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Microbial Ecology of Gulf of Mexico Shipwrecks

Author(s): Patrick M. Gillevet ; Christine McGown ; Lisa A. Fitzgerald ; Leila Hamdan

Year: 2015

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Summary

Microbiomes associated with wooden and steel shipwrecks were investigated using next generation sequencing.  Samples were derived from in situ biofilm monitoring platforms deployed for ~4 months, and sediment collected ~2-5 m from shipwrecks.  The goal of the investigation is to determine rates of recruitment and community structure at sites located within and outside of areas impacted by the Deepwater Horizon spill (DWHS). Sediments will elucidate the influence of shipwrecks on the geochemistry and biodiversity of the surrounding seafloor. Taxonomic classification of dominant and rare members of shipwreck microbiomes and metabolic information extracted from sequence data yield new understanding of microbial processes associated with site formation.  Physicochemical data helps describe features that shape shipwreck microbiomes.  The study provides novel information on the identity of microbial inhabitants of shipwrecks, their role in site preservation, and impacts of the DWHS on the primary colonizers of shipwrecks in the deep ocean.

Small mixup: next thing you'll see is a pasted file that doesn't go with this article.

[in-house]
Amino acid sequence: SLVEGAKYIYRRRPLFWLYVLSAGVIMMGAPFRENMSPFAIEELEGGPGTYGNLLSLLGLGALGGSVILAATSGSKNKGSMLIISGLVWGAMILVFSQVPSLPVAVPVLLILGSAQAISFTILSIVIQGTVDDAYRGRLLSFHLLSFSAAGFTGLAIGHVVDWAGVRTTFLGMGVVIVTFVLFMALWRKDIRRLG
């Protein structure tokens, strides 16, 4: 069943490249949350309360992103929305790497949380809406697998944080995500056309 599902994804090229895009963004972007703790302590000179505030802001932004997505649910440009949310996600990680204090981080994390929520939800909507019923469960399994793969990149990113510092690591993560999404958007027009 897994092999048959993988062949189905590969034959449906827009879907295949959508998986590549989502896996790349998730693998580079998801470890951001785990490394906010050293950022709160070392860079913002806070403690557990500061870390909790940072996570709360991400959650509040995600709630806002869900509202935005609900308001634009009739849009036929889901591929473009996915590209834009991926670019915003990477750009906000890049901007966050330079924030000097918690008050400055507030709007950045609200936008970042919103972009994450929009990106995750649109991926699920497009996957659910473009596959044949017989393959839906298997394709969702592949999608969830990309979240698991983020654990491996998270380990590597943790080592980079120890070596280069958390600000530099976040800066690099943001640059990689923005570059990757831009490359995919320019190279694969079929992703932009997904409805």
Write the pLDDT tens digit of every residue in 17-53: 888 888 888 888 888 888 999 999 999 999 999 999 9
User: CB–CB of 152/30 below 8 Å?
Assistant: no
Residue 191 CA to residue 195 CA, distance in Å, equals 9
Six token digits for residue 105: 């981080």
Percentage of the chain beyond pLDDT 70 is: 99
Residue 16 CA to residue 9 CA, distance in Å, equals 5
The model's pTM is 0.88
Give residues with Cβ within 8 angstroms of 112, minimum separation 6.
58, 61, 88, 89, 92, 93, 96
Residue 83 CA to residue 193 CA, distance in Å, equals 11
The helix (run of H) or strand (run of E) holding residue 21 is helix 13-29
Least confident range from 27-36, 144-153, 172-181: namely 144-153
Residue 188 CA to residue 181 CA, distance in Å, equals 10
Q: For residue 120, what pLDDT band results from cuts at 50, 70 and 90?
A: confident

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Microbial Ecology of Gulf of Mexico Shipwrecks. Patrick M. Gillevet, Christine McGown, Lisa A. Fitzgerald, Leila Hamdan. Presented at Society for Historical Archaeology, Seattle, Washington. 2015 ( tDAR id: 433809)


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Spatial Coverage

min long: -129.199; min lat: 24.495 ; max long: -66.973; max lat: 49.359 ;

Record Identifiers

PaperId(s): 238

Arizona State University The Andrew W. Mellon Foundation National Science Foundation National Endowment for the Humanities Society for American Archaeology Archaeological Institute of America